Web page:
In addition to the acidic gels described above, alkaline (or equivalently herein "slaked") gels can also be used.
Strong bases, e.g., NaOH, sodium carbonate, sodium bicarbonate should be avoided since the resulting flocculant precipitate tends to form sodium aluminate and not an alumina gel unless great care is taken in the preparation. On the other hand, organic bases (urea, triethanolamine, etc.), Bronsted-Lowry Bases, Lewis bases and inorganic bases such as ammonium hydroxide, etc. tend to produce an alkaline gel, in an analogous manner to the acid gel; a base precipitated flocculant that ultimately leads to a alumina hydrohydroxide complex which is similar in microwave activity to the acidic prepared sol-gel system.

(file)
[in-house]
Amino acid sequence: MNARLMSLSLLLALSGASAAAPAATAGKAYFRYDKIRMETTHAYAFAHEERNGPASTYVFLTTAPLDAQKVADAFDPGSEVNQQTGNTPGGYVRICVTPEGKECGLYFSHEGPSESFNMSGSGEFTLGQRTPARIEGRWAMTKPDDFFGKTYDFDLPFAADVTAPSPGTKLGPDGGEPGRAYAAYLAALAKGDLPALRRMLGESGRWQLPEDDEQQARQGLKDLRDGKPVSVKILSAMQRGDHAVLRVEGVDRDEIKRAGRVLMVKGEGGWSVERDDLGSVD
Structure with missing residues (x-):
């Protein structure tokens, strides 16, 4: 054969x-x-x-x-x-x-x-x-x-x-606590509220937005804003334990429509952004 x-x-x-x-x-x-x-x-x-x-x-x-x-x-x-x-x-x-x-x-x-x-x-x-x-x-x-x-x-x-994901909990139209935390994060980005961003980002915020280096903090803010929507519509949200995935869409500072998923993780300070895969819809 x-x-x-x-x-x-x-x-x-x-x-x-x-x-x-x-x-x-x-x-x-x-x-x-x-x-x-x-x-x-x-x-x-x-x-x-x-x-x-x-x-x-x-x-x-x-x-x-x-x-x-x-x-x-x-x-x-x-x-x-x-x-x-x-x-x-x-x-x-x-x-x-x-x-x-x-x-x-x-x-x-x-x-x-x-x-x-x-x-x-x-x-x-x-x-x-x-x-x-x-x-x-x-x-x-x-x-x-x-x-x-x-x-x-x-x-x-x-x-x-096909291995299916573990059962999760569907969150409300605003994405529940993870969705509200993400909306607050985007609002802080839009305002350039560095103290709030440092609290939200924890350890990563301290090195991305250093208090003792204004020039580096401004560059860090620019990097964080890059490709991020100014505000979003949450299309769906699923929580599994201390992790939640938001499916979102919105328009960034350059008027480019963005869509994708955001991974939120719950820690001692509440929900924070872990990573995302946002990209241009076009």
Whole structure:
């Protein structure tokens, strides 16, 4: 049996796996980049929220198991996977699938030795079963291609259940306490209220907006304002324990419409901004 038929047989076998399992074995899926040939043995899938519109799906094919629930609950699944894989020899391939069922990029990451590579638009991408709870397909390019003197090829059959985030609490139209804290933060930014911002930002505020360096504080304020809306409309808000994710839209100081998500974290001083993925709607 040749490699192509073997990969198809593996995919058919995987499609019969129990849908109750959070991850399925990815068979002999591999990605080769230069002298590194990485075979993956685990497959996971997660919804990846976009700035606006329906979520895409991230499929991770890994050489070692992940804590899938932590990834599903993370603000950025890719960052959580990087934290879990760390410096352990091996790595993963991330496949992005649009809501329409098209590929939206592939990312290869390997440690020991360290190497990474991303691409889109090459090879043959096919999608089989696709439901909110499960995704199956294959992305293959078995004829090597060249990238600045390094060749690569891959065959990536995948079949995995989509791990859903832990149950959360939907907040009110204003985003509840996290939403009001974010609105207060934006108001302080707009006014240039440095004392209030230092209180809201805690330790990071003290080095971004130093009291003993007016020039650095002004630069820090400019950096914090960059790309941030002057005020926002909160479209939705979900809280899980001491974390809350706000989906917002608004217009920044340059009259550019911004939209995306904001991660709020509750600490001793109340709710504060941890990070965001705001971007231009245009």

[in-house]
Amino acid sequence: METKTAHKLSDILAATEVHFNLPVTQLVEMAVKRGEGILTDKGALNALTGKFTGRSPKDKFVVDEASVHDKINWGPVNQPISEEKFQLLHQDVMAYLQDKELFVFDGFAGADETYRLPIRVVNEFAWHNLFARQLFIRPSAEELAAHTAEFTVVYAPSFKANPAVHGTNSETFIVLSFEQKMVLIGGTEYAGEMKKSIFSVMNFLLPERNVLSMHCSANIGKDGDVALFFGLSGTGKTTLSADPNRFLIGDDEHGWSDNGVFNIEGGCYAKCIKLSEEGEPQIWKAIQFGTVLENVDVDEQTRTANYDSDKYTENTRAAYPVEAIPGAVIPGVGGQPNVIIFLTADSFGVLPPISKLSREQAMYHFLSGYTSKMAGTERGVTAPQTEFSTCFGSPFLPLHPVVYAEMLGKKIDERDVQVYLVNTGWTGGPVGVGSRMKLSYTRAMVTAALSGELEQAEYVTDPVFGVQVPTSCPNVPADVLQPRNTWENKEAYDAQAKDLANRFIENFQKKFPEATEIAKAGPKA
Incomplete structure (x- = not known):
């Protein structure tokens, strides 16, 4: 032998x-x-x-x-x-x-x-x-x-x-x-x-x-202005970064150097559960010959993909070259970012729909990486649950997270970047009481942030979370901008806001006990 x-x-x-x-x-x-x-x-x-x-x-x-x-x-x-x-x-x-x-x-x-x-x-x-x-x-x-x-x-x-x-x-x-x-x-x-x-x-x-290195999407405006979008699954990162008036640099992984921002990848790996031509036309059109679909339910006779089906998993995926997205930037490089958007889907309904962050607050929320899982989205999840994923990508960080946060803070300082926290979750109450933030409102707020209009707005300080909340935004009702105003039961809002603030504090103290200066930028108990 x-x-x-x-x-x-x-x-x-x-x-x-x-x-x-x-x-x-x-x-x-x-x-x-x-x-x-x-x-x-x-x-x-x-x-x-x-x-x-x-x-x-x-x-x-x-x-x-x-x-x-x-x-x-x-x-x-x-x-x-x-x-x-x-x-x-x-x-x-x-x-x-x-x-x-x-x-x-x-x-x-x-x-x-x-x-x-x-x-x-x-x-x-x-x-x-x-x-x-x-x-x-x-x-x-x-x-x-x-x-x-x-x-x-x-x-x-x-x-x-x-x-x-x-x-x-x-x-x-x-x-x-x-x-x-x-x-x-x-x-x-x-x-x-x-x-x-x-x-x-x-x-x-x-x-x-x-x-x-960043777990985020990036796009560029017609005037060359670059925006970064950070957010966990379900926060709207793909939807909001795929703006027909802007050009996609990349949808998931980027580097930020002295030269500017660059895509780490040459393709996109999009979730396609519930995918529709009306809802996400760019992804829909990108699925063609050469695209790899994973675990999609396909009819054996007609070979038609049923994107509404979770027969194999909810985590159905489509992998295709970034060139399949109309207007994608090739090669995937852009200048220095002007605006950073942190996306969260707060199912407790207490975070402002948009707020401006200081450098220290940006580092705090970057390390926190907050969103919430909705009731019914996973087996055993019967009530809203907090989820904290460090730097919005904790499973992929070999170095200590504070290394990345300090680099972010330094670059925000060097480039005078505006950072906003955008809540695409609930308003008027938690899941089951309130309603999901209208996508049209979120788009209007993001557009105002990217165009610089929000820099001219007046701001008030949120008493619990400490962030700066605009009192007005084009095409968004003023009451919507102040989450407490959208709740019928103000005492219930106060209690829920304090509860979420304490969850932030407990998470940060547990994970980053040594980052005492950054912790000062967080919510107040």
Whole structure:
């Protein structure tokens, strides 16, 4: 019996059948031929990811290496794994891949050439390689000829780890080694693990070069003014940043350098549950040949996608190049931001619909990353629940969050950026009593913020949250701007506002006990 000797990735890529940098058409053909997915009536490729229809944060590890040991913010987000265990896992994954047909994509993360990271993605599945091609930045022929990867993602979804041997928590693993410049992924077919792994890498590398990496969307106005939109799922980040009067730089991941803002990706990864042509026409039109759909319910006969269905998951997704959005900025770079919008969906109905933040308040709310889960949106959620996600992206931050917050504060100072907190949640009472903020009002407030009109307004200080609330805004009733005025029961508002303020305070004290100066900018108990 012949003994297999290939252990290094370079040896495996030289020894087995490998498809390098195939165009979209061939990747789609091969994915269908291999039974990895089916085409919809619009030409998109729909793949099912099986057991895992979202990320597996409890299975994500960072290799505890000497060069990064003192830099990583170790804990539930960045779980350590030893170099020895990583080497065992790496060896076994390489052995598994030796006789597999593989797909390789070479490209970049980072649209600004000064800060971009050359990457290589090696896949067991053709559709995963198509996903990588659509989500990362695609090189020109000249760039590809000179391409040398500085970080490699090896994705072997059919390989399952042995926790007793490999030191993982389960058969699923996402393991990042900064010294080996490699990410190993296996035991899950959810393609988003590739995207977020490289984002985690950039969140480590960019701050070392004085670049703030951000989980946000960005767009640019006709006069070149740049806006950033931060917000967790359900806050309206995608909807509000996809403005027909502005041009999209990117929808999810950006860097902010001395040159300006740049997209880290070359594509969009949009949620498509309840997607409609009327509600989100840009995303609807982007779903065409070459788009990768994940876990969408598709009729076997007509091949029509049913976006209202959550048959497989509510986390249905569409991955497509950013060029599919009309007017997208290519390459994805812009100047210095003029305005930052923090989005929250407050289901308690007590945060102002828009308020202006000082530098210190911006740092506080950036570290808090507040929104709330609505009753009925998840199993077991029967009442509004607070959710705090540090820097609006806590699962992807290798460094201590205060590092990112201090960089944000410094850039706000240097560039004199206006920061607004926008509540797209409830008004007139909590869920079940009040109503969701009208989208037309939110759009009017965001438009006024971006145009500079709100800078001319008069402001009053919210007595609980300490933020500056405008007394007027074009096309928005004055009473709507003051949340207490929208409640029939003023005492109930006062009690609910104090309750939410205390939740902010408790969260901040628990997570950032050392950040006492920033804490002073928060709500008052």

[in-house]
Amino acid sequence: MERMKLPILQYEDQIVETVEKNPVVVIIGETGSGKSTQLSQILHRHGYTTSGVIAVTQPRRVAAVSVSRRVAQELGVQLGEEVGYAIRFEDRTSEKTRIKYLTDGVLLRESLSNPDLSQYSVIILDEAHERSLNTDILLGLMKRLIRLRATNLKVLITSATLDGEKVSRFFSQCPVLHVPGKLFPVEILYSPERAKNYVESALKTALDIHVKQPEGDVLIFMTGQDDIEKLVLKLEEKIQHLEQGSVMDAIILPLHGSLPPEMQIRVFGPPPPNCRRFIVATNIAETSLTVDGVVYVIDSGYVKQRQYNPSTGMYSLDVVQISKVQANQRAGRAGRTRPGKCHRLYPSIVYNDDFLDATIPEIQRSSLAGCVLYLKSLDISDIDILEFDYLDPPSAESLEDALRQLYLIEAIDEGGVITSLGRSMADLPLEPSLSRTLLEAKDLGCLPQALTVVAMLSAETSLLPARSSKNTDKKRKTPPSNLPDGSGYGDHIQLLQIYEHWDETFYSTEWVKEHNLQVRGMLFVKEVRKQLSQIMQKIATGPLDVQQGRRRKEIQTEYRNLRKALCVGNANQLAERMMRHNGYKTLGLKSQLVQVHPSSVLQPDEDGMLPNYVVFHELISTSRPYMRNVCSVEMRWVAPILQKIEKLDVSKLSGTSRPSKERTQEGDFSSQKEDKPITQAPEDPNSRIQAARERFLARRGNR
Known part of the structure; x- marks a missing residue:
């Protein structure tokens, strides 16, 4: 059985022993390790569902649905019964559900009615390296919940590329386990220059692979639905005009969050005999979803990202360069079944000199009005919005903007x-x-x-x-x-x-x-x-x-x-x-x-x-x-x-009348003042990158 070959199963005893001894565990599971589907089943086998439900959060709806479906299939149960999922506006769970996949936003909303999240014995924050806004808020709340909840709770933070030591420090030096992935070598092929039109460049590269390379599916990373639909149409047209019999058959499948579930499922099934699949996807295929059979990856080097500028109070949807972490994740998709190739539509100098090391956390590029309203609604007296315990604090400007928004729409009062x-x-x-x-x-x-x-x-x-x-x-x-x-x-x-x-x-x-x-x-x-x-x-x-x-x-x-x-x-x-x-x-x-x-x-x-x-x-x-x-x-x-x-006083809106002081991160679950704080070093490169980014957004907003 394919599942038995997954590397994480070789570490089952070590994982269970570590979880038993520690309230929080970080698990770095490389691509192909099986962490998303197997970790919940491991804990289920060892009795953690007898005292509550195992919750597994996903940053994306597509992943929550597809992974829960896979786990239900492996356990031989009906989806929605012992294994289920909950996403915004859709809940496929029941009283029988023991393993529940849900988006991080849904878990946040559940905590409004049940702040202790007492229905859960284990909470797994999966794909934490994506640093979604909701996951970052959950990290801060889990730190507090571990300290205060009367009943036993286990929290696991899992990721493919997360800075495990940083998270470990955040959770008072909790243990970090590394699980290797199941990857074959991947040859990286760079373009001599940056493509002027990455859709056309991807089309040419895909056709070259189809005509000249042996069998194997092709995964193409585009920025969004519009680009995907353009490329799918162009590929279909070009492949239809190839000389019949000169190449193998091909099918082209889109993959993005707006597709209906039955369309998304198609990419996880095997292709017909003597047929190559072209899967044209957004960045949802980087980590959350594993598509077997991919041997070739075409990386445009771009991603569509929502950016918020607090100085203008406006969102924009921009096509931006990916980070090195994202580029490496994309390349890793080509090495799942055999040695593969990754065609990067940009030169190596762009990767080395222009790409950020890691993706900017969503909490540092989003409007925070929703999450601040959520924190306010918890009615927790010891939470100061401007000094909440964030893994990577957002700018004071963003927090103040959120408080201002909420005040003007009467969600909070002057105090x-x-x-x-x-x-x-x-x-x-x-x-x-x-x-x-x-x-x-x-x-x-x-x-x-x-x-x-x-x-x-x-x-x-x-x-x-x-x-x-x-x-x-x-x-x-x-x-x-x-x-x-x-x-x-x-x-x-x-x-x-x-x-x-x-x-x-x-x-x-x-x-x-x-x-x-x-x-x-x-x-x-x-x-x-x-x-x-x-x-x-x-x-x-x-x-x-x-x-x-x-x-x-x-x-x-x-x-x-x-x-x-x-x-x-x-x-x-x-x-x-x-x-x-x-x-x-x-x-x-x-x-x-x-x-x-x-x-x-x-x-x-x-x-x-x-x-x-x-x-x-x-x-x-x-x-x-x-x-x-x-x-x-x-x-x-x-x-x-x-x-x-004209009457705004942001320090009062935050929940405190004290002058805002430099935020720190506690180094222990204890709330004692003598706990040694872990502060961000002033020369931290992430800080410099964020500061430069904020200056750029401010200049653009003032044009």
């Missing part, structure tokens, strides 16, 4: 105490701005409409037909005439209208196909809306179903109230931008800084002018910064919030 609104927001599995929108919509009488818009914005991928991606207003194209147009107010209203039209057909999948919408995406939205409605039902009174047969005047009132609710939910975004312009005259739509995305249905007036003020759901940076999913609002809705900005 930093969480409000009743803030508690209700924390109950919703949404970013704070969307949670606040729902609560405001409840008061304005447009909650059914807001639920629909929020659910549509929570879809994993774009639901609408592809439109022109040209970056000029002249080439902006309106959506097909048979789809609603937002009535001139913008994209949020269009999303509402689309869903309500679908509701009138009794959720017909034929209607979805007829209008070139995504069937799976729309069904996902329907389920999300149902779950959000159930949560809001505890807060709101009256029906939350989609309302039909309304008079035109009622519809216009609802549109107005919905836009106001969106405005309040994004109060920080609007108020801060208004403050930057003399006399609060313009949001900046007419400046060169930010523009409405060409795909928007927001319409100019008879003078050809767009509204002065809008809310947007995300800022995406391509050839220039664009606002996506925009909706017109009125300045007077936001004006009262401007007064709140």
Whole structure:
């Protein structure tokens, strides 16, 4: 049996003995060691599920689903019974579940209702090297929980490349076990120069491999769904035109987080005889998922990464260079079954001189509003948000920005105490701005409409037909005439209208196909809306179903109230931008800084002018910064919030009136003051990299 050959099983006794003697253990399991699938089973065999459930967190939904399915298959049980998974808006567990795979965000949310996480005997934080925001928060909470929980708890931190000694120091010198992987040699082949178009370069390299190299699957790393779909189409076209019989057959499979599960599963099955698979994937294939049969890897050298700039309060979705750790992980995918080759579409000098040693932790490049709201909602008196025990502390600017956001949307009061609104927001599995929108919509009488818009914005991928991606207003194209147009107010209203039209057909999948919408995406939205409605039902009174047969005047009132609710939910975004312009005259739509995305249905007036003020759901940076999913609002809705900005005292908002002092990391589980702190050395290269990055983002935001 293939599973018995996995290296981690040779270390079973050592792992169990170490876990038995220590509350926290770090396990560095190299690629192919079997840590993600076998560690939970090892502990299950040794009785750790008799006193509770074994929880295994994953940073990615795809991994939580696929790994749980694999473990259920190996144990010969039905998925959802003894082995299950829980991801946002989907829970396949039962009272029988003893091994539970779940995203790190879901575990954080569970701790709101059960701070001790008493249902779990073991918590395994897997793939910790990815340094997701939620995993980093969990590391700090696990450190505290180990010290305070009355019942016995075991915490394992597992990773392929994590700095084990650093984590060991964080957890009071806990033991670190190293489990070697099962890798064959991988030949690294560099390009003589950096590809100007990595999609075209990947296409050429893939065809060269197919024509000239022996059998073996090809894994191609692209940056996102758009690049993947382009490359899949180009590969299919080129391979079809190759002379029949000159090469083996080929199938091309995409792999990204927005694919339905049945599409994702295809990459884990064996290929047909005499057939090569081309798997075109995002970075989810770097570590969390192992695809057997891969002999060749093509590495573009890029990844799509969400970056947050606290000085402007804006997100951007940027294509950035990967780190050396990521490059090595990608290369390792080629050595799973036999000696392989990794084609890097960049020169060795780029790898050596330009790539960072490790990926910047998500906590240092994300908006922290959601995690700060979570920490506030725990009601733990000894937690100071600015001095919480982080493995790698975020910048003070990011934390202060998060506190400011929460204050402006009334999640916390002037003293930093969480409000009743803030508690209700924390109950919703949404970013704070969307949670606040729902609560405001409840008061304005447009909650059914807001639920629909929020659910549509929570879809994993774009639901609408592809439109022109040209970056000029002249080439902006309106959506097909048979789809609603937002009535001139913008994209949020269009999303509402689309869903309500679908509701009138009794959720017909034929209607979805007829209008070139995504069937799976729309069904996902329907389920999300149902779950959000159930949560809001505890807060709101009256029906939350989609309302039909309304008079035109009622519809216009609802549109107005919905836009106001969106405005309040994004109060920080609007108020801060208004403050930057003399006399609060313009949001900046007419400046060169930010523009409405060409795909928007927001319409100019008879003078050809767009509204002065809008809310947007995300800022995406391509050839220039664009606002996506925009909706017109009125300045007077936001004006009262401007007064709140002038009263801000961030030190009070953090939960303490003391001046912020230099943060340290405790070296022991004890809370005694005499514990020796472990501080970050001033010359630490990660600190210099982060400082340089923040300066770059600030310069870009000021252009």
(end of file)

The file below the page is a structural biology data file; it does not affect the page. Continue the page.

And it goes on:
The skilled artisan will appreciate that a wide variety of materials are known which can be referred to generally as silica gels, not all of which are useful herein. Silica gels performance and utility herein are highly dependent upon their treatment, particularly as it affects their moisture content. Great care must be taken in terminology to distinguish between original free water and/or, i.e., bound water and later absorbed moisture. For example, typically, dried silica gel has been prepared by high temperature drying to remove substantially all free and bound water. Such material is often used as a desiccant and may contain 1% to 5% moisture or more due to absorption of humidity, i.e., surface water. Such a material, however, is not intended for use herein. The ceramic hydrosols, (with salt as later further described) as first formed are embraced by the present usage of the term "ceramic gel." The ceramic hydrosols are operable as ceramic microwave absorbers but due to their gel-like properties are difficult to use in mass produced consumer products. When the ceramic hydrosols are dried, initially free water is removed to produce a xerogel. If, however, drying is continued, all the free water can be removed but the xerogel may still have associated chemically bound water. Such xerogels, still within the general term "ceramic gel," are still useful so long as the xerogels have essentially about 17% to 35% bound water. These xerogels generally take longer times to reach final operating temperatures and have shorter periods of heating before exhaustion, especially as the bound water content is reduced. Xerogels dried to moisture contents of bound water of less than about 17% bound water are for all practical considerations too dry to be considered useful herein. Thus, it is essential that the ceramic gels or xerogels in the finished compositions comprise about 17% to 35% bound water. Preferred microwave absorbing materials are dry xerogels, i.e., can be comminuted into a friable material, which nonetheless comprise a modest amount, generally about 0.1% to 10%, of unbound or free water as well as the bound water. The presence of the free water provides the benefit of reaching final operating temperatures more quickly in the microwave oven.